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The Cotton Velvet

A timeless trendy velvet for life

We already wrote about the Silk Velvet, the Linen Velvet, the Kid-mohair Velvet and the Viscose Velvet, this time we will write about the Cotton Velvet and how to use it in an interior.
The Velvet (originally called sciamito) is an antique textile that was originally imported in Italy in Venice from the Orient and in Palermo from the Arabic countries already around the 13th century. The first major growth of this amazing textile happened in our country in the Sicilian town Palermo, were the first artisan shops (opifici) were developed and from where, after the Vespri Siciliani, famous Masters flew to cities like Lucca and Amalfi, exporting in this way all their competences. From that point onwards, regions like Tuscany, Veneto and Liguria became centre of excellence for the production of velvets. In fact, since the 14th Century Venice turned into the major exporter of plain velvets, and artisan shops came to life in the city, becoming soon centre of excellence to such a point that it was difficult to distinguish an Oriental velvet from one produced in Venice itself.
It was until the English industrial revolution that Italy maintained its position of major exporter in Europe for the Velvets, followed by France.
At that time, the aristocrats used velvet for their wardrobes as a sign of regalty and richness and for decoration in their homes. The relevance of this textile is represented also in arts as in the frescos of the Ghirlandaio or in the paints of Antonello da Messina or of Bronzino (just to mention a few). In fact it is interesting to see how much attention the artists pay to reproduce the velvets of the dresses, almost the same as to the portrait of the face.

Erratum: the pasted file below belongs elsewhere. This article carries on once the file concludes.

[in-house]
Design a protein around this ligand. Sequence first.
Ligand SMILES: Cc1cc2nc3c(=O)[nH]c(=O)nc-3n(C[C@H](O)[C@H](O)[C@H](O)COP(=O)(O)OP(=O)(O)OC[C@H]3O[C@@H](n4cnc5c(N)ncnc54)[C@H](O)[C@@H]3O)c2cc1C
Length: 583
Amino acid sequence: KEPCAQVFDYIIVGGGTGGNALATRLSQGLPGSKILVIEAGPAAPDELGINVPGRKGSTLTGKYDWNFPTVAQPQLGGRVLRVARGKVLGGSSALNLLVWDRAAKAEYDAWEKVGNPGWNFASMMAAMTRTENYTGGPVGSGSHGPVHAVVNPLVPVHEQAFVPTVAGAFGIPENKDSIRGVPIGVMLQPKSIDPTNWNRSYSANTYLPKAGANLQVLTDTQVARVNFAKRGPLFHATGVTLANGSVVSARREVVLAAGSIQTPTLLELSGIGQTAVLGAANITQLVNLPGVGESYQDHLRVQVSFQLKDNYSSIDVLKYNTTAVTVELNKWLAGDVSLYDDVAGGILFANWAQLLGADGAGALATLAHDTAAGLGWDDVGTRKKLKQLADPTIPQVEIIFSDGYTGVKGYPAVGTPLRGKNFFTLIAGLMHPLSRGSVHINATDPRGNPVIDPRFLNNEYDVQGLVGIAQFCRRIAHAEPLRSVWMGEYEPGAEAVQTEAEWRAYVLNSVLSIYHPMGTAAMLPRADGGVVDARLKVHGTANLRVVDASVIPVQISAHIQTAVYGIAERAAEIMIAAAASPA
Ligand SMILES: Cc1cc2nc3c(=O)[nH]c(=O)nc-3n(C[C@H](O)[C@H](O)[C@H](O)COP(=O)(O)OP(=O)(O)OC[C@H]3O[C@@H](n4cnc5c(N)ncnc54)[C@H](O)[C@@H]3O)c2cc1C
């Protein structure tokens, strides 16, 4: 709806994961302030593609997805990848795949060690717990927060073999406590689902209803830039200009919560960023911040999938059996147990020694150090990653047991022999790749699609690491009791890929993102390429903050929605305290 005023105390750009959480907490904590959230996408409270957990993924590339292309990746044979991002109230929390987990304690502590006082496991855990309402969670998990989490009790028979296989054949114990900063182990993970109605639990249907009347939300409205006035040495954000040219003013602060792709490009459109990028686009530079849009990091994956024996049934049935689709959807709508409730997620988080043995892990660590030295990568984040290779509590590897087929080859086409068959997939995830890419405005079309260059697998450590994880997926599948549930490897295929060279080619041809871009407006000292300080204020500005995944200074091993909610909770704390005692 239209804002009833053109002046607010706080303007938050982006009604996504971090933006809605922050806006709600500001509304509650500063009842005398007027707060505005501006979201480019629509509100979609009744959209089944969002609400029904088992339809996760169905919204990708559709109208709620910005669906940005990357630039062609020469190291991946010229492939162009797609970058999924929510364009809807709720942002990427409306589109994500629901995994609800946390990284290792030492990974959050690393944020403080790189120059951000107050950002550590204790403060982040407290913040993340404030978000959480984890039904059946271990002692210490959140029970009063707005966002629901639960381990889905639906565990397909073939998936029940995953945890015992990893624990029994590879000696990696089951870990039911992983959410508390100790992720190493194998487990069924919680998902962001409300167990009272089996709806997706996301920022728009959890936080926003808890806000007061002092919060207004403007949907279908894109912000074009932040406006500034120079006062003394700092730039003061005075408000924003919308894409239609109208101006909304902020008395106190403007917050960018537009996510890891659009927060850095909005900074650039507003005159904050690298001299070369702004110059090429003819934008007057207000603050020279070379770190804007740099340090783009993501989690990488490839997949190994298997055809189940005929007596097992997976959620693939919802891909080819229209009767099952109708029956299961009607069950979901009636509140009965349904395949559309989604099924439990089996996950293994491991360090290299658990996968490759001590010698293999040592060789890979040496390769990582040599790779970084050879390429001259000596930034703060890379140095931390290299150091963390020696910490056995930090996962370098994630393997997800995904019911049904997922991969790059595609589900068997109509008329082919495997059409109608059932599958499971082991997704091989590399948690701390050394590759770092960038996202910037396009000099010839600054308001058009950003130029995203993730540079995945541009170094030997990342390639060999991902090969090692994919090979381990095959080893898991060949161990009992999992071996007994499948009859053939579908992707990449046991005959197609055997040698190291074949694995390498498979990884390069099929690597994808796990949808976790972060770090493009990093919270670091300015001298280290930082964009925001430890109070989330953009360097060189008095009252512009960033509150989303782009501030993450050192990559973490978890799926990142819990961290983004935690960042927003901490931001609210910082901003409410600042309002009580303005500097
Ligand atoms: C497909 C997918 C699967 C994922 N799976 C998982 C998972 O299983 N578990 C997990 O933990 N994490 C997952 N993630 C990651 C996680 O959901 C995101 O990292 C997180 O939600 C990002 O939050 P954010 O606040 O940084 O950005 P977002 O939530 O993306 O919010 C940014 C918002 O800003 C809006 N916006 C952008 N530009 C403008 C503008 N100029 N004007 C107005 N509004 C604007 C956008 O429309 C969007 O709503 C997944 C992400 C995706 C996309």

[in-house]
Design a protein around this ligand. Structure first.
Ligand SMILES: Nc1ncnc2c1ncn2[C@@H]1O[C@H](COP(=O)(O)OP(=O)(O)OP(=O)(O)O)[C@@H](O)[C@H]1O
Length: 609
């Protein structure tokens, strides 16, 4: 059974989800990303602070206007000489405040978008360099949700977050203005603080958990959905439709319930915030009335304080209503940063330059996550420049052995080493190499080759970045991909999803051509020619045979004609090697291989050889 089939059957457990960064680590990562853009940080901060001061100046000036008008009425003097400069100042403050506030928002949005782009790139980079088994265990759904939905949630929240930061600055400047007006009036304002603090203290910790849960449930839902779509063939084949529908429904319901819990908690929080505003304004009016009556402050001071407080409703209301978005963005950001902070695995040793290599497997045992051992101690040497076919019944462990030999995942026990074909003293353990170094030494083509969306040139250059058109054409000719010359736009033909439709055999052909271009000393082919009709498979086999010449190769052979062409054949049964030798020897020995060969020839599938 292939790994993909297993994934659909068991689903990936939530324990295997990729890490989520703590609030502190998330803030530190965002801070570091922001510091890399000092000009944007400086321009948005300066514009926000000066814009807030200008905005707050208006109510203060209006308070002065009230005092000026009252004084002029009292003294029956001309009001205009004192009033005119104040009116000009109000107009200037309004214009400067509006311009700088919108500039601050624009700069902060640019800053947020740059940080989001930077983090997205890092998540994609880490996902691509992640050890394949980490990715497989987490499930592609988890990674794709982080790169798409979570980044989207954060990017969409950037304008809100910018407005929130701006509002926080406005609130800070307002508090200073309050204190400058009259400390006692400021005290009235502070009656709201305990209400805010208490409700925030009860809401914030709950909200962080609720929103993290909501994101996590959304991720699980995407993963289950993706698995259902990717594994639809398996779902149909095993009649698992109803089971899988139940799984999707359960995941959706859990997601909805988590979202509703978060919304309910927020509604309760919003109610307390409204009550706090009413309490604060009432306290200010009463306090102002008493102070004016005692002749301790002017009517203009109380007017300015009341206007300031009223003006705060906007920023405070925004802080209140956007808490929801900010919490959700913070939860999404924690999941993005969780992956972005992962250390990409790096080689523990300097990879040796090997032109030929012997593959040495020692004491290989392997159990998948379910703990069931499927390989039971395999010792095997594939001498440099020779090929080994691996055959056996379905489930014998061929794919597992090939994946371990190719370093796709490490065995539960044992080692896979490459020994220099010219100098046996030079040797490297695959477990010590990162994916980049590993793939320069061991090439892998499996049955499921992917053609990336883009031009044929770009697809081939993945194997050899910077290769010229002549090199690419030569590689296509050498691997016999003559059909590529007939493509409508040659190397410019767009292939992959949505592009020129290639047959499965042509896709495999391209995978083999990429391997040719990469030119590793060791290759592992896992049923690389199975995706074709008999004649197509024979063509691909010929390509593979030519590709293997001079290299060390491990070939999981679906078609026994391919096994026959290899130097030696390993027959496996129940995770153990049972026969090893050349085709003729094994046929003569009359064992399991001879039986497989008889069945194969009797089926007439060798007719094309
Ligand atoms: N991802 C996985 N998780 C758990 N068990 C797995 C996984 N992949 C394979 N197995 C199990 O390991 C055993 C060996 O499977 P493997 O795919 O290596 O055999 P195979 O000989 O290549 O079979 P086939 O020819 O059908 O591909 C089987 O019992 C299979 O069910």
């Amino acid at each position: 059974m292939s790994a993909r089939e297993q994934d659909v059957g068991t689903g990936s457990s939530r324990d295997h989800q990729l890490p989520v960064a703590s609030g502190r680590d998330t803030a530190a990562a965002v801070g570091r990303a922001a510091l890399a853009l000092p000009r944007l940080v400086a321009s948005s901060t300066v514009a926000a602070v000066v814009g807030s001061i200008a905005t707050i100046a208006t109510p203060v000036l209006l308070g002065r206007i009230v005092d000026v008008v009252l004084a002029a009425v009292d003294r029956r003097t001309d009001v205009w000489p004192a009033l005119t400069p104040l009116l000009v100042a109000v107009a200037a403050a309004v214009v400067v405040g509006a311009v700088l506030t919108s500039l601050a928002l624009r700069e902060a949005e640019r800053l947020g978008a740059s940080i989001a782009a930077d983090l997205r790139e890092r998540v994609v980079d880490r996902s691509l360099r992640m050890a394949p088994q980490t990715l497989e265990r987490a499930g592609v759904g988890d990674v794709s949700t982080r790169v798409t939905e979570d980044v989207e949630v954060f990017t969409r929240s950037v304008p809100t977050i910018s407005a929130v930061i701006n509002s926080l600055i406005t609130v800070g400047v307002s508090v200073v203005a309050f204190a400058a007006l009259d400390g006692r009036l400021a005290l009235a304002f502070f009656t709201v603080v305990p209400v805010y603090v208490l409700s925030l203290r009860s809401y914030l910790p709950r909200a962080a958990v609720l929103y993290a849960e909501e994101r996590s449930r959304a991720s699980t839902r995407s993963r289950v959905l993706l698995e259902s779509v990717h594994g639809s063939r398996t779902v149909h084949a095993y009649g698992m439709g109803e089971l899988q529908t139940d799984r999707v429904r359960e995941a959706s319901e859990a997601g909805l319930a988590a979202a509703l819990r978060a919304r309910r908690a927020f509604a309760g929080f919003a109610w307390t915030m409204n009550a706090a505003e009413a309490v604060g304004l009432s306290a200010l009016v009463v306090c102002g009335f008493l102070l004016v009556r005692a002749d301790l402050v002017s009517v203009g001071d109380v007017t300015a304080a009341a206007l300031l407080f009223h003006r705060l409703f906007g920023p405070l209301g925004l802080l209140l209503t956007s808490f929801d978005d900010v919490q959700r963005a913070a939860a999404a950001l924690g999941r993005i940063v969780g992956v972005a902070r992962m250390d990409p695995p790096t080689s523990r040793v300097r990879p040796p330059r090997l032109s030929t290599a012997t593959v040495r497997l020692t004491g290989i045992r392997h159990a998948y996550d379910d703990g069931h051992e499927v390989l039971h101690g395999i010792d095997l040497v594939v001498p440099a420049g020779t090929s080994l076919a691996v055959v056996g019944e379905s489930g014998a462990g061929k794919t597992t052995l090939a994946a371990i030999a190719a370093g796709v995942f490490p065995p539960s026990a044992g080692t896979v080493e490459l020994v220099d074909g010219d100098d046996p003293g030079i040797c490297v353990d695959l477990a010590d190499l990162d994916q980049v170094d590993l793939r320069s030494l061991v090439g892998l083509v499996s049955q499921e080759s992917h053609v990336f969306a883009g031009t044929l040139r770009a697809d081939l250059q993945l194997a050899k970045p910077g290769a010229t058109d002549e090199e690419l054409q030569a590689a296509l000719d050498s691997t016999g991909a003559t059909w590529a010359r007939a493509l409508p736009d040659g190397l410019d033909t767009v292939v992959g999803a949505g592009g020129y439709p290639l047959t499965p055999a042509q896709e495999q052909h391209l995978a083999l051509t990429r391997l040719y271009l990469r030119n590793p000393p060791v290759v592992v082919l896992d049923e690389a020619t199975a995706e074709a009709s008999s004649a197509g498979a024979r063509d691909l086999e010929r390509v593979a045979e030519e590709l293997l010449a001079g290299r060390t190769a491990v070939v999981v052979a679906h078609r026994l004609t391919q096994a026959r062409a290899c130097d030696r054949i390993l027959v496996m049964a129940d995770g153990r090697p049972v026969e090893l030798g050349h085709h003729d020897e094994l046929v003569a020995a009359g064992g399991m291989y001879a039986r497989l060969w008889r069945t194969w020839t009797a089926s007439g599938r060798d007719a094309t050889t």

The cotton is one of the most ancient fibres, grown simultaneously in many different parts of the globe; apparently the most ancient was cultivated in India. In Italy it arrives in Sicily during the IX century, thanks to the Saracens.
The criteria that define the quality, it means the classification of the cotton fibre is:
  • The length of the fibre (short - medium – long – extra-long)
  • The grade, which depends on the outer appearance (shininess, whiteness, impurity)
  • The colour (white, grey or reddish)
  • The character (a strong and robust fibre, consistent and uniform)
Therefore the best cotton fibre will have to be extra-long, shining, white and homogeneous.
The cotton velvet, as an alternative to the precious silk velvet, is produced for the first time in Manchester, an English city famous for the weaving of cotton textiles.
 
l’Opificio Velluto di Cotone 100% is made of valuable mercerised cotton expressly spun for the Maison. It is a dyed textile, totally formaldehyde-free and heavy metals free.
To the haptic it results dense and soft, opaque to the sight but with intense deep colours.
The cotton velvet is an eclectic textile, which adds a touch of class to any space. It is perfect for modernist interior of the ’50 or Bauhaus, but it also reinterprets with a modern touch a classic sofa or perfectly dresses a contemporary design chair.
l’Opificio Velluto di Cotone, 100% Made in Italy offers a wide colour palette in 60 tones: from earth tones, to pop colours, from rich red shades to deep intense blue nuances up to the greens or very sophisticated powder colours.

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